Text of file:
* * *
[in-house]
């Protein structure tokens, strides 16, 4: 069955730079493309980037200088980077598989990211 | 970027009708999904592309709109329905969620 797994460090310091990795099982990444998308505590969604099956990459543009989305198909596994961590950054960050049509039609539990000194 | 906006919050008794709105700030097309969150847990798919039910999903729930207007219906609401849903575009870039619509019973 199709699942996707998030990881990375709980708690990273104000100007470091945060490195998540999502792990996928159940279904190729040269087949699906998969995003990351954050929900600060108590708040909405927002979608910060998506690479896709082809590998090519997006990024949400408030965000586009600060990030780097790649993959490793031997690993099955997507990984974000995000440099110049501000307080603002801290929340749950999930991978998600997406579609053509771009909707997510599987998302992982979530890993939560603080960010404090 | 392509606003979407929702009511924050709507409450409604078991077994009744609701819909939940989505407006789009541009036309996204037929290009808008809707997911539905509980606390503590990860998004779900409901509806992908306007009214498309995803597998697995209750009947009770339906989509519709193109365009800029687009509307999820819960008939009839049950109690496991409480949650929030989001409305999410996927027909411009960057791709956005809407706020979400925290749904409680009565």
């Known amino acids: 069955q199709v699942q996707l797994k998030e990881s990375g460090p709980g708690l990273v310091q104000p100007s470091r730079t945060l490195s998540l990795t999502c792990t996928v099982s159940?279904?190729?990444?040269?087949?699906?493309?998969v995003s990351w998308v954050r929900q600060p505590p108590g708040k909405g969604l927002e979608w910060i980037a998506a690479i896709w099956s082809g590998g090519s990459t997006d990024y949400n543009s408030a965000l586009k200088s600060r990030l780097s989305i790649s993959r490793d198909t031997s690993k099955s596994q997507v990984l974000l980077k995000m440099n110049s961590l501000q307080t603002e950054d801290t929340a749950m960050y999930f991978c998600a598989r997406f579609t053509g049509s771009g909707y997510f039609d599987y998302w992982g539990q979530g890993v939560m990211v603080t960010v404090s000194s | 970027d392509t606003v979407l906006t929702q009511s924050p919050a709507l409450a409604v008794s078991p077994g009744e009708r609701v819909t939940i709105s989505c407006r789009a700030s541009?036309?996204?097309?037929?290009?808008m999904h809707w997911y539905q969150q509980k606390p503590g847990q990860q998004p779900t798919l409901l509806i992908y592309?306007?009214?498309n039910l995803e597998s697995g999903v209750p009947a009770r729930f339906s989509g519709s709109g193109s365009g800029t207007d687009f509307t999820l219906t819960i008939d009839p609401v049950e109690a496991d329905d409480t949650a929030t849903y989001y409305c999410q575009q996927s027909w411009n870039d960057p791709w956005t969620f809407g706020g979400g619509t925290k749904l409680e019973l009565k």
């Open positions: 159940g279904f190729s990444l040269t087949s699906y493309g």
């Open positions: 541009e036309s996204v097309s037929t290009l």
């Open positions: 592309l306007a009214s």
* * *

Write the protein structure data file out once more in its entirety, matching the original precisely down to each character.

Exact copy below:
[in-house]
């Protein structure tokens, strides 16, 4: 069955730079493309980037200088980077598989990211 | 970027009708999904592309709109329905969620 797994460090310091990795099982990444998308505590969604099956990459543009989305198909596994961590950054960050049509039609539990000194 | 906006919050008794709105700030097309969150847990798919039910999903729930207007219906609401849903575009870039619509019973 199709699942996707998030990881990375709980708690990273104000100007470091945060490195998540999502792990996928159940279904190729040269087949699906998969995003990351954050929900600060108590708040909405927002979608910060998506690479896709082809590998090519997006990024949400408030965000586009600060990030780097790649993959490793031997690993099955997507990984974000995000440099110049501000307080603002801290929340749950999930991978998600997406579609053509771009909707997510599987998302992982979530890993939560603080960010404090 | 392509606003979407929702009511924050709507409450409604078991077994009744609701819909939940989505407006789009541009036309996204037929290009808008809707997911539905509980606390503590990860998004779900409901509806992908306007009214498309995803597998697995209750009947009770339906989509519709193109365009800029687009509307999820819960008939009839049950109690496991409480949650929030989001409305999410996927027909411009960057791709956005809407706020979400925290749904409680009565």
């Known amino acids: 069955q199709v699942q996707l797994k998030e990881s990375g460090p709980g708690l990273v310091q104000p100007s470091r730079t945060l490195s998540l990795t999502c792990t996928v099982s159940?279904?190729?990444?040269?087949?699906?493309?998969v995003s990351w998308v954050r929900q600060p505590p108590g708040k909405g969604l927002e979608w910060i980037a998506a690479i896709w099956s082809g590998g090519s990459t997006d990024y949400n543009s408030a965000l586009k200088s600060r990030l780097s989305i790649s993959r490793d198909t031997s690993k099955s596994q997507v990984l974000l980077k995000m440099n110049s961590l501000q307080t603002e950054d801290t929340a749950m960050y999930f991978c998600a598989r997406f579609t053509g049509s771009g909707y997510f039609d599987y998302w992982g539990q979530g890993v939560m990211v603080t960010v404090s000194s | 970027d392509t606003v979407l906006t929702q009511s924050p919050a709507l409450a409604v008794s078991p077994g009744e009708r609701v819909t939940i709105s989505c407006r789009a700030s541009?036309?996204?097309?037929?290009?808008m999904h809707w997911y539905q969150q509980k606390p503590g847990q990860q998004p779900t798919l409901l509806i992908y592309?306007?009214?498309n039910l995803e597998s697995g999903v209750p009947a009770r729930f339906s989509g519709s709109g193109s365009g800029t207007d687009f509307t999820l219906t819960i008939d009839p609401v049950e109690a496991d329905d409480t949650a929030t849903y989001y409305c999410q575009q996927s027909w411009n870039d960057p791709w956005t969620f809407g706020g979400g619509t925290k749904l409680e019973l009565k």
């Open positions: 159940g279904f190729s990444l040269t087949s699906y493309g």
């Open positions: 541009e036309s996204v097309s037929t290009l």
């Open positions: 592309l306007a009214s």